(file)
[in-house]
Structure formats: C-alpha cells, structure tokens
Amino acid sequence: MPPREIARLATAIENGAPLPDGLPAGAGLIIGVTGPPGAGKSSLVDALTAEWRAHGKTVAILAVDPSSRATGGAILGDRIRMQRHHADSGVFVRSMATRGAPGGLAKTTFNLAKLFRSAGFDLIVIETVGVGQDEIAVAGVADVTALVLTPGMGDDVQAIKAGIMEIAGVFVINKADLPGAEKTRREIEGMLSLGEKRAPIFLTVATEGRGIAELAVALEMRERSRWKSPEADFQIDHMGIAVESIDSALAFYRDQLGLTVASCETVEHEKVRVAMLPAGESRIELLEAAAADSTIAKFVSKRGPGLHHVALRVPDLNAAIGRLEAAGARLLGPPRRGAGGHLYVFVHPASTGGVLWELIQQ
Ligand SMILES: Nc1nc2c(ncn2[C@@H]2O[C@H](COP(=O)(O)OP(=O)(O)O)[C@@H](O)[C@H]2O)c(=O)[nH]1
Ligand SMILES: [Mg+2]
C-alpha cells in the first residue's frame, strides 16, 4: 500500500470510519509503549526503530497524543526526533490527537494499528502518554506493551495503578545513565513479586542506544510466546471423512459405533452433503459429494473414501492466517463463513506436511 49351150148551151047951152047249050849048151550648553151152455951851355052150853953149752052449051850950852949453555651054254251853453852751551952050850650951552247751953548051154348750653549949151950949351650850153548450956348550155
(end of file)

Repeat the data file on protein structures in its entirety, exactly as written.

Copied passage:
[in-house]
Structure formats: C-alpha cells, structure tokens
Amino acid sequence: MPPREIARLATAIENGAPLPDGLPAGAGLIIGVTGPPGAGKSSLVDALTAEWRAHGKTVAILAVDPSSRATGGAILGDRIRMQRHHADSGVFVRSMATRGAPGGLAKTTFNLAKLFRSAGFDLIVIETVGVGQDEIAVAGVADVTALVLTPGMGDDVQAIKAGIMEIAGVFVINKADLPGAEKTRREIEGMLSLGEKRAPIFLTVATEGRGIAELAVALEMRERSRWKSPEADFQIDHMGIAVESIDSALAFYRDQLGLTVASCETVEHEKVRVAMLPAGESRIELLEAAAADSTIAKFVSKRGPGLHHVALRVPDLNAAIGRLEAAGARLLGPPRRGAGGHLYVFVHPASTGGVLWELIQQ
Ligand SMILES: Nc1nc2c(ncn2[C@@H]2O[C@H](COP(=O)(O)OP(=O)(O)O)[C@@H](O)[C@H]2O)c(=O)[nH]1
Ligand SMILES: [Mg+2]
C-alpha cells in the first residue's frame, strides 16, 4: 500500500470510519509503549526503530497524543526526533490527537494499528502518554506493551495503578545513565513479586542506544510466546471423512459405533452433503459429494473414501492466517463463513506436511 49351150148551151047951152047249050849048151550648553151152455951851355052150853953149752052449051850950852949453555651054254251853453852751551952050850650951552247751953548051154348750653549949151950949351650850153548450956348550155